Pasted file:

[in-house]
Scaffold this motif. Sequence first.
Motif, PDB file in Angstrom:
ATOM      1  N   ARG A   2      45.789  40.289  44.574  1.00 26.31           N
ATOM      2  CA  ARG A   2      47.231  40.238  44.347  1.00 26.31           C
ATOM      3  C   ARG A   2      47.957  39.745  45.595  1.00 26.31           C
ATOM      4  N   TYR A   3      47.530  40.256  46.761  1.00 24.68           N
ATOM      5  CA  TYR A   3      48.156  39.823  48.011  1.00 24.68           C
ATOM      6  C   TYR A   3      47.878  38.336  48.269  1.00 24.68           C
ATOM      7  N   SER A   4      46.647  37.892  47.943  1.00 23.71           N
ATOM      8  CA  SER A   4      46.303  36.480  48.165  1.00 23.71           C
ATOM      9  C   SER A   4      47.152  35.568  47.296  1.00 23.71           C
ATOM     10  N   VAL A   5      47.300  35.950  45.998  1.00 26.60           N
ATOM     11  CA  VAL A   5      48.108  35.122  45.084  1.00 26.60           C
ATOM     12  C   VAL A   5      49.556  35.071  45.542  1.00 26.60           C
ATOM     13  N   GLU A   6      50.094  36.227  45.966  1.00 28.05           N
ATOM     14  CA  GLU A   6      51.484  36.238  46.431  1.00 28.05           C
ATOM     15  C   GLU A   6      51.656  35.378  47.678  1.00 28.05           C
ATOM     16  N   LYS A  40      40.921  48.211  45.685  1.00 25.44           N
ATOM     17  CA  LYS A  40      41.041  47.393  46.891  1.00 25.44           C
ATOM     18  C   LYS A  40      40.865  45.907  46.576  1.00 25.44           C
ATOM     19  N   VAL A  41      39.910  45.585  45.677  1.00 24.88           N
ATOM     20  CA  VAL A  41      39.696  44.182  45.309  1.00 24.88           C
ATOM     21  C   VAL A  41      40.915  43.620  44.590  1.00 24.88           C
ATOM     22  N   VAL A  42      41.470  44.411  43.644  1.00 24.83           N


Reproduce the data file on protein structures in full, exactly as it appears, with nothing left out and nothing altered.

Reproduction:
[in-house]
Scaffold this motif. Sequence first.
Motif, PDB file in Angstrom:
ATOM      1  N   ARG A   2      45.789  40.289  44.574  1.00 26.31           N
ATOM      2  CA  ARG A   2      47.231  40.238  44.347  1.00 26.31           C
ATOM      3  C   ARG A   2      47.957  39.745  45.595  1.00 26.31           C
ATOM      4  N   TYR A   3      47.530  40.256  46.761  1.00 24.68           N
ATOM      5  CA  TYR A   3      48.156  39.823  48.011  1.00 24.68           C
ATOM      6  C   TYR A   3      47.878  38.336  48.269  1.00 24.68           C
ATOM      7  N   SER A   4      46.647  37.892  47.943  1.00 23.71           N
ATOM      8  CA  SER A   4      46.303  36.480  48.165  1.00 23.71           C
ATOM      9  C   SER A   4      47.152  35.568  47.296  1.00 23.71           C
ATOM     10  N   VAL A   5      47.300  35.950  45.998  1.00 26.60           N
ATOM     11  CA  VAL A   5      48.108  35.122  45.084  1.00 26.60           C
ATOM     12  C   VAL A   5      49.556  35.071  45.542  1.00 26.60           C
ATOM     13  N   GLU A   6      50.094  36.227  45.966  1.00 28.05           N
ATOM     14  CA  GLU A   6      51.484  36.238  46.431  1.00 28.05           C
ATOM     15  C   GLU A   6      51.656  35.378  47.678  1.00 28.05           C
ATOM     16  N   LYS A  40      40.921  48.211  45.685  1.00 25.44           N
ATOM     17  CA  LYS A  40      41.041  47.393  46.891  1.00 25.44           C
ATOM     18  C   LYS A  40      40.865  45.907  46.576  1.00 25.44           C
ATOM     19  N   VAL A  41      39.910  45.585  45.677  1.00 24.88           N
ATOM     20  CA  VAL A  41      39.696  44.182  45.309  1.00 24.88           C
ATOM     21  C   VAL A  41      40.915  43.620  44.590  1.00 24.88           C
ATOM     22  N   VAL A  42      41.470  44.411  43.644  1.00 24.83           N